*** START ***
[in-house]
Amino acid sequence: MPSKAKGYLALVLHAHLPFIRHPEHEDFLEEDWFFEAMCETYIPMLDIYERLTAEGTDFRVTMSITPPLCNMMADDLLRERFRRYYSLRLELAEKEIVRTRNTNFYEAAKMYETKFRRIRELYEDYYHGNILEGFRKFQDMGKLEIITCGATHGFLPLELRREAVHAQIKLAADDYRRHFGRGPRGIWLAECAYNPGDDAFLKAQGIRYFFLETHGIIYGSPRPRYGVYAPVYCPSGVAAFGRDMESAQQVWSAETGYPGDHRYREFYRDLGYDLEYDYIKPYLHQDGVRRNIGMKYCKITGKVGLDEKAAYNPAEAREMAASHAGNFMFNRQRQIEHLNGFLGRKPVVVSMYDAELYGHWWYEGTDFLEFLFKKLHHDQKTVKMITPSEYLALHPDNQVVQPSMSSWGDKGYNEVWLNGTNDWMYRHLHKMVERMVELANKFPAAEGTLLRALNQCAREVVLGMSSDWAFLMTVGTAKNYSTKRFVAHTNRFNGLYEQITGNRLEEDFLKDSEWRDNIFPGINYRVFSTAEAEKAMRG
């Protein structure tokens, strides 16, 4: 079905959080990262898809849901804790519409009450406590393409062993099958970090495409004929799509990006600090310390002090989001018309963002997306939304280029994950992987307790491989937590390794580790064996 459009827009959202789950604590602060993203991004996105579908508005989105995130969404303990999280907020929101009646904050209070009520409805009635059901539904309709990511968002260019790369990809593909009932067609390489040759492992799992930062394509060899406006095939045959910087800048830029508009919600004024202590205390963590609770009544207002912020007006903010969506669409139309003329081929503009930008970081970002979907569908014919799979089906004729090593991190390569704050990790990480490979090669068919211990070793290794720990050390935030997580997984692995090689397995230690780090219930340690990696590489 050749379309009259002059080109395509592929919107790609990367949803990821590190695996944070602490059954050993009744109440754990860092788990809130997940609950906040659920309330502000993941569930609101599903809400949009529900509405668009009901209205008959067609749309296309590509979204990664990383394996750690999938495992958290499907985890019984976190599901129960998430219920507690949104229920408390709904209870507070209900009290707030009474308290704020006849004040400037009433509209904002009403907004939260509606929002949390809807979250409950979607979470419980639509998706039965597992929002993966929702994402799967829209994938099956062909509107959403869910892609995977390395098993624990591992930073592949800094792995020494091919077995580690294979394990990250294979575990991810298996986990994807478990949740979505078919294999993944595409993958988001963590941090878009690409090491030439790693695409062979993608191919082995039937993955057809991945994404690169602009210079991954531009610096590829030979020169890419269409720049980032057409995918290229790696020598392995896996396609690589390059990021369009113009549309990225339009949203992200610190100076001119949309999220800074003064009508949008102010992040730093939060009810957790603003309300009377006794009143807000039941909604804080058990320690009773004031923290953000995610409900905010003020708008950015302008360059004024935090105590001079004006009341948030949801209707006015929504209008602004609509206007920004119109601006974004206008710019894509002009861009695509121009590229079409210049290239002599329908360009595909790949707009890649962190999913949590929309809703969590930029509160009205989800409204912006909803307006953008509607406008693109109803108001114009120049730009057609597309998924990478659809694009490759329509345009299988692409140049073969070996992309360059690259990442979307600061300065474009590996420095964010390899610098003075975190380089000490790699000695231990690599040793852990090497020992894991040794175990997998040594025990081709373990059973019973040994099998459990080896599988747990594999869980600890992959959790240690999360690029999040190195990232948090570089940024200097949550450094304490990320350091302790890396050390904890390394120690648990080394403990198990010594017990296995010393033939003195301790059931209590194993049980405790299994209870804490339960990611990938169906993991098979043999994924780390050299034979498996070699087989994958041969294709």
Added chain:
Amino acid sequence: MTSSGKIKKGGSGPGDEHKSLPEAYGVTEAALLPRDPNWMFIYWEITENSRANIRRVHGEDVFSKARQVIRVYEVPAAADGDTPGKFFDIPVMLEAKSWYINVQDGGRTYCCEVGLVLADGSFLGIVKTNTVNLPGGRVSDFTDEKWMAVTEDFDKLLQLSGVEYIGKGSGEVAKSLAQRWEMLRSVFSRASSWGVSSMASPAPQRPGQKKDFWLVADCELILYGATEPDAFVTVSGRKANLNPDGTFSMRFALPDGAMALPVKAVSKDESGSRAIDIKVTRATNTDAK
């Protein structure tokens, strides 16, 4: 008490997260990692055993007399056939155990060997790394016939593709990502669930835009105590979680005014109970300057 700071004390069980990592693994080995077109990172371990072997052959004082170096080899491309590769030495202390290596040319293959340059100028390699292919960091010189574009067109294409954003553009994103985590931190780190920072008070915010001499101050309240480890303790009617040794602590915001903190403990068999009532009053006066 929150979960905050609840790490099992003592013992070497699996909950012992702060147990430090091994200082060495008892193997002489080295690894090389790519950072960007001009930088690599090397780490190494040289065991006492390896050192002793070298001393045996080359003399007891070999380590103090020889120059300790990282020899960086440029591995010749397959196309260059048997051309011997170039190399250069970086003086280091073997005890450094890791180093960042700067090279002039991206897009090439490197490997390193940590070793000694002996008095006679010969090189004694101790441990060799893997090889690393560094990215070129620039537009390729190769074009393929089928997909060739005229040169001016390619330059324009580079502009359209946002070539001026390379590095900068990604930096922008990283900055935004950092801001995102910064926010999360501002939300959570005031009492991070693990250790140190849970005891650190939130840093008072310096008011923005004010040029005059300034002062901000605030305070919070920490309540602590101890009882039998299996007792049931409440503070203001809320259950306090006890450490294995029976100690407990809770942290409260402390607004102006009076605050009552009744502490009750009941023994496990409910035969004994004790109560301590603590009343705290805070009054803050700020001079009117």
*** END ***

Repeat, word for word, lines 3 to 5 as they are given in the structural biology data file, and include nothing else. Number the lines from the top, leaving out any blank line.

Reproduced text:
């Protein structure tokens, strides 16, 4: 079905959080990262898809849901804790519409009450406590393409062993099958970090495409004929799509990006600090310390002090989001018309963002997306939304280029994950992987307790491989937590390794580790064996 459009827009959202789950604590602060993203991004996105579908508005989105995130969404303990999280907020929101009646904050209070009520409805009635059901539904309709990511968002260019790369990809593909009932067609390489040759492992799992930062394509060899406006095939045959910087800048830029508009919600004024202590205390963590609770009544207002912020007006903010969506669409139309003329081929503009930008970081970002979907569908014919799979089906004729090593991190390569704050990790990480490979090669068919211990070793290794720990050390935030997580997984692995090689397995230690780090219930340690990696590489 050749379309009259002059080109395509592929919107790609990367949803990821590190695996944070602490059954050993009744109440754990860092788990809130997940609950906040659920309330502000993941569930609101599903809400949009529900509405668009009901209205008959067609749309296309590509979204990664990383394996750690999938495992958290499907985890019984976190599901129960998430219920507690949104229920408390709904209870507070209900009290707030009474308290704020006849004040400037009433509209904002009403907004939260509606929002949390809807979250409950979607979470419980639509998706039965597992929002993966929702994402799967829209994938099956062909509107959403869910892609995977390395098993624990591992930073592949800094792995020494091919077995580690294979394990990250294979575990991810298996986990994807478990949740979505078919294999993944595409993958988001963590941090878009690409090491030439790693695409062979993608191919082995039937993955057809991945994404690169602009210079991954531009610096590829030979020169890419269409720049980032057409995918290229790696020598392995896996396609690589390059990021369009113009549309990225339009949203992200610190100076001119949309999220800074003064009508949008102010992040730093939060009810957790603003309300009377006794009143807000039941909604804080058990320690009773004031923290953000995610409900905010003020708008950015302008360059004024935090105590001079004006009341948030949801209707006015929504209008602004609509206007920004119109601006974004206008710019894509002009861009695509121009590229079409210049290239002599329908360009595909790949707009890649962190999913949590929309809703969590930029509160009205989800409204912006909803307006953008509607406008693109109803108001114009120049730009057609597309998924990478659809694009490759329509345009299988692409140049073969070996992309360059690259990442979307600061300065474009590996420095964010390899610098003075975190380089000490790699000695231990690599040793852990090497020992894991040794175990997998040594025990081709373990059973019973040994099998459990080896599988747990594999869980600890992959959790240690999360690029999040190195990232948090570089940024200097949550450094304490990320350091302790890396050390904890390394120690648990080394403990198990010594017990296995010393033939003195301790059931209590194993049980405790299994209870804490339960990611990938169906993991098979043999994924780390050299034979498996070699087989994958041969294709």
Added chain:
Amino acid sequence: MTSSGKIKKGGSGPGDEHKSLPEAYGVTEAALLPRDPNWMFIYWEITENSRANIRRVHGEDVFSKARQVIRVYEVPAAADGDTPGKFFDIPVMLEAKSWYINVQDGGRTYCCEVGLVLADGSFLGIVKTNTVNLPGGRVSDFTDEKWMAVTEDFDKLLQLSGVEYIGKGSGEVAKSLAQRWEMLRSVFSRASSWGVSSMASPAPQRPGQKKDFWLVADCELILYGATEPDAFVTVSGRKANLNPDGTFSMRFALPDGAMALPVKAVSKDESGSRAIDIKVTRATNTDAK